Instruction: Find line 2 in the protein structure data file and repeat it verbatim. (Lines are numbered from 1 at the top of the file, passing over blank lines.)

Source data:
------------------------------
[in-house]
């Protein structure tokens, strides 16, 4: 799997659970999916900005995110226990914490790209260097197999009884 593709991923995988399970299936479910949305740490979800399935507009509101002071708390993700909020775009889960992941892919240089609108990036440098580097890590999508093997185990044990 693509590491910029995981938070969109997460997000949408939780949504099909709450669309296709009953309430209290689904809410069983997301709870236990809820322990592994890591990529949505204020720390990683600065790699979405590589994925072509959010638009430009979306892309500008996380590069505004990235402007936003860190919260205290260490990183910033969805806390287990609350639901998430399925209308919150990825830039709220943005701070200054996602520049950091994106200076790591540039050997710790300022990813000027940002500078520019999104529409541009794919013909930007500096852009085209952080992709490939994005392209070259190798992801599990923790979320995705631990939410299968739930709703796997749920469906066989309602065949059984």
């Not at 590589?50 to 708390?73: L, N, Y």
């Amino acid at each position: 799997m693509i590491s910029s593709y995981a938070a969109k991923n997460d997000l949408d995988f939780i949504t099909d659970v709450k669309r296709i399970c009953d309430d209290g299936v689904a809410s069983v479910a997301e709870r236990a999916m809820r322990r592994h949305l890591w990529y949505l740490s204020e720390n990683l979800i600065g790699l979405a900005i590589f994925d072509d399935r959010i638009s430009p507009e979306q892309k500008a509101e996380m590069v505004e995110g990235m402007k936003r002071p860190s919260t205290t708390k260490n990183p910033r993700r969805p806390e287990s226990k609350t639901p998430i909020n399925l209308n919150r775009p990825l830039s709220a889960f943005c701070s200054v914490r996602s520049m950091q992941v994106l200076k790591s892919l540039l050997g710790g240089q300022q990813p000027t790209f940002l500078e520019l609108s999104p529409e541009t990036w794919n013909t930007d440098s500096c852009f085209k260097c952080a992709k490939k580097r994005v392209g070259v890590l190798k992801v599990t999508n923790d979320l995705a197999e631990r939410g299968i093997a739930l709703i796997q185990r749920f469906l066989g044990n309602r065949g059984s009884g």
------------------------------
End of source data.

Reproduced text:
């Protein structure tokens, strides 16, 4: 799997659970999916900005995110226990914490790209260097197999009884 593709991923995988399970299936479910949305740490979800399935507009509101002071708390993700909020775009889960992941892919240089609108990036440098580097890590999508093997185990044990 693509590491910029995981938070969109997460997000949408939780949504099909709450669309296709009953309430209290689904809410069983997301709870236990809820322990592994890591990529949505204020720390990683600065790699979405590589994925072509959010638009430009979306892309500008996380590069505004990235402007936003860190919260205290260490990183910033969805806390287990609350639901998430399925209308919150990825830039709220943005701070200054996602520049950091994106200076790591540039050997710790300022990813000027940002500078520019999104529409541009794919013909930007500096852009085209952080992709490939994005392209070259190798992801599990923790979320995705631990939410299968739930709703796997749920469906066989309602065949059984």